Avon native Madison Kennedy has always been a free spirit with a unique view on swimming – especially when compared to some of her SwimMAC teammates and competitors in the pool.
Falling 0.15 of a second short of earning a berth in the 50-meter freestyle on the U.S. Olympic team a year ago hasn’t changed her philosophy.
Kennedy is a professional, world-class swimmer but swimming is a part of her life – not her whole life. She still works two part-time jobs in Charlotte, North Carolina where she has lived since 2011 when she joined SwimMAC’s Team Elite.
Kennedy, 29, is still training and representing SwimMAC as she prepares for this week’s Phillips 66 U.S. national championship meet in Indianapolis that is also serving as trials for the U.S. team to compete in July’s world championship meet in Hungary.
She’s more on her own than ever but it fits her life today. The Charlotte Observer caught up her last week to discuss her training methods, her relationship with SwimMAC coach and founder David Marsh and the pressure of professional swimming where 0.15 of a second can mean the difference between a berth on the Olympic team and going home.
“If you put a lot of pressure (on yourself) like ‘This meet determines my value’ then I think that’s a problem,” Kennedy told Theoden Janes of the Charlotte Observer. “My importance is not placed upon the success of one swim meet.”
At last summer’s Olympic Trials, Kennedy has her best-ever time in the 50 freestyle but finished third. Only the top two swimmers advanced to the Olympics. Her time of 24.48 seconds was her third fastest performance in the 50 freestyle and the 12th fastest time in the world at that point of the year.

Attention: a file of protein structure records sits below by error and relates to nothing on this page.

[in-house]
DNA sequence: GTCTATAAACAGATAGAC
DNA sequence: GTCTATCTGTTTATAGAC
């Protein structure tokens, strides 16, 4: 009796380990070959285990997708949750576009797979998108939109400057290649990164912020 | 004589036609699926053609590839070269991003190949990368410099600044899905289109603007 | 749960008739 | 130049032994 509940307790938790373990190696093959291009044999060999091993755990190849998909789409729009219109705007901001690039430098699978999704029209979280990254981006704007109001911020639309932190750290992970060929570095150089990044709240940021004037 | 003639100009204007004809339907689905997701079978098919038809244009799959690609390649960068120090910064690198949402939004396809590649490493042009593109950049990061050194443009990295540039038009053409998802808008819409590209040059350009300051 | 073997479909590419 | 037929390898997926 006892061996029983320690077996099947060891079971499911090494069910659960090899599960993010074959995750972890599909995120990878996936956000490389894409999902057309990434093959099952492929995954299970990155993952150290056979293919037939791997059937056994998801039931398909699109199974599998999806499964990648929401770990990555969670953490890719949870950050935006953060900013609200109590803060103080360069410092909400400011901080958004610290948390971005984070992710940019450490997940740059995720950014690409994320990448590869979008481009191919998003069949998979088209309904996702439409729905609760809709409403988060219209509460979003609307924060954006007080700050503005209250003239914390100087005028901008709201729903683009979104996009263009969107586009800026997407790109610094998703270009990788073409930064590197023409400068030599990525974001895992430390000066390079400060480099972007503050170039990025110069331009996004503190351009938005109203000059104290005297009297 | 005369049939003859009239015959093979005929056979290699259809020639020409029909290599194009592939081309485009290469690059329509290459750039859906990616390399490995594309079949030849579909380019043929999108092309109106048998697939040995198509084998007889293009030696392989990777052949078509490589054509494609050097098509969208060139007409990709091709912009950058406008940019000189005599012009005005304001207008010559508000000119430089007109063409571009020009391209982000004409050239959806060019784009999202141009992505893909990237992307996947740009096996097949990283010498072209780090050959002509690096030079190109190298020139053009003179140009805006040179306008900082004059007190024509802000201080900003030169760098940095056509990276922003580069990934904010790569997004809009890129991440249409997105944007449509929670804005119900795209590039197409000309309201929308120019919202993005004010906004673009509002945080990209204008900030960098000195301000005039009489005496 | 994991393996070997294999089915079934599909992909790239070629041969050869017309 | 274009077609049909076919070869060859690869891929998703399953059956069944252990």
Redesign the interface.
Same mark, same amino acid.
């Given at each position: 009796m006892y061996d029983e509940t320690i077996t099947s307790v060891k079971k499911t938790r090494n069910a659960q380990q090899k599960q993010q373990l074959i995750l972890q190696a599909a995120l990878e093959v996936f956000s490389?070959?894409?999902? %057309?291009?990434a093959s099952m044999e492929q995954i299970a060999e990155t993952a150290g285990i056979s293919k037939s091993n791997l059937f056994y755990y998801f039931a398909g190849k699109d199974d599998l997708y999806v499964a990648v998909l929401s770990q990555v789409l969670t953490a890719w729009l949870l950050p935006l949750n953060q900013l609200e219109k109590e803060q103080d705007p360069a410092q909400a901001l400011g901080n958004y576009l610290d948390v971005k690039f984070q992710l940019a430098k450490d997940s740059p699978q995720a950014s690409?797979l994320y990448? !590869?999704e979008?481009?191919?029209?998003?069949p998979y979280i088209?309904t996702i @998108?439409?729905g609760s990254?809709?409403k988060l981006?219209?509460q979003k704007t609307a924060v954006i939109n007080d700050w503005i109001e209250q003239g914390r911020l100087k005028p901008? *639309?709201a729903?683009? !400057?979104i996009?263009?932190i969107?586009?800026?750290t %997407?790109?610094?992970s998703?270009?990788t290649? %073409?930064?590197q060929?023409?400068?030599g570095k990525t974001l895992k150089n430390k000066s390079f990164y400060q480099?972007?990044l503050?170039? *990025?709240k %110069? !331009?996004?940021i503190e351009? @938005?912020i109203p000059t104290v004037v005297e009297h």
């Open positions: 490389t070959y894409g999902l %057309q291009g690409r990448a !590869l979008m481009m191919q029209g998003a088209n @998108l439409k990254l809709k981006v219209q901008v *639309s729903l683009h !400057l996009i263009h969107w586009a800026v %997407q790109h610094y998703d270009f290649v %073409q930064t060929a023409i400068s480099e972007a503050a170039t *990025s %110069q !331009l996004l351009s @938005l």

“I just remember looking up (after hitting the wall) and waiting for it to hurt – but it didn’t. I was like, ‘OK,’’ Kennedy told Janes about the Olympic Trials final.
Life continued. Kennedy is planning to get married to her long-time boyfriend Eric Lane later this year. And she kept swimming.
In December, she represented the United States at the FINA World Championships (25 meter) in Windsor, Ontario, and won two medals. She swam on the gold medal winning 4×100 women’s freestyle team and earned a bronze medal in the 50 meter freestyle.
This spring, she has competed in three Arena Pro Series meets in the 50 and 100 freestyle. She was second in the 50 free in Mesa, Arizona, and Atlanta and third in Indianapolis. Her best time was a 24.99 in Atlanta in April. She did swim a 25.22 to win the 50 free at the SwimMAC Ultra Swim meet in Charlotte on June 1.
Kennedy is looking for a spot in the U.S. team in the 50 freestyle for the upcoming world championships on July 23-30 in Hungary. Again, it won’t be easy. She needs to be one of the top two finishers in the race.
Simone Manuel, who was second in the 50 free and first in the 100 free at the Olympics in Rio, is the favorite. She has continued to improve this spring, coming 0.02 of a second from tying Dara Torres’ American record of 24.07 seconds.
Manuel, 20, and Kennedy are the only two American swimmers to have broken 25 seconds this spring.
Olympian Abbey Weitzeil, Katrina Konopka, Olivia Smoliga, Lia Neil and Amanda Weir are also expected to be contenders. Kennedy beat Smoliga to win the 50 free at the Charlotte UltraSwim by 0.36 of a second.
At the nationals, the 50 free will be held on Saturday, July 1.
Kennedy graduated from Avon High in 2005 and the University of California-Berkeley in 2010.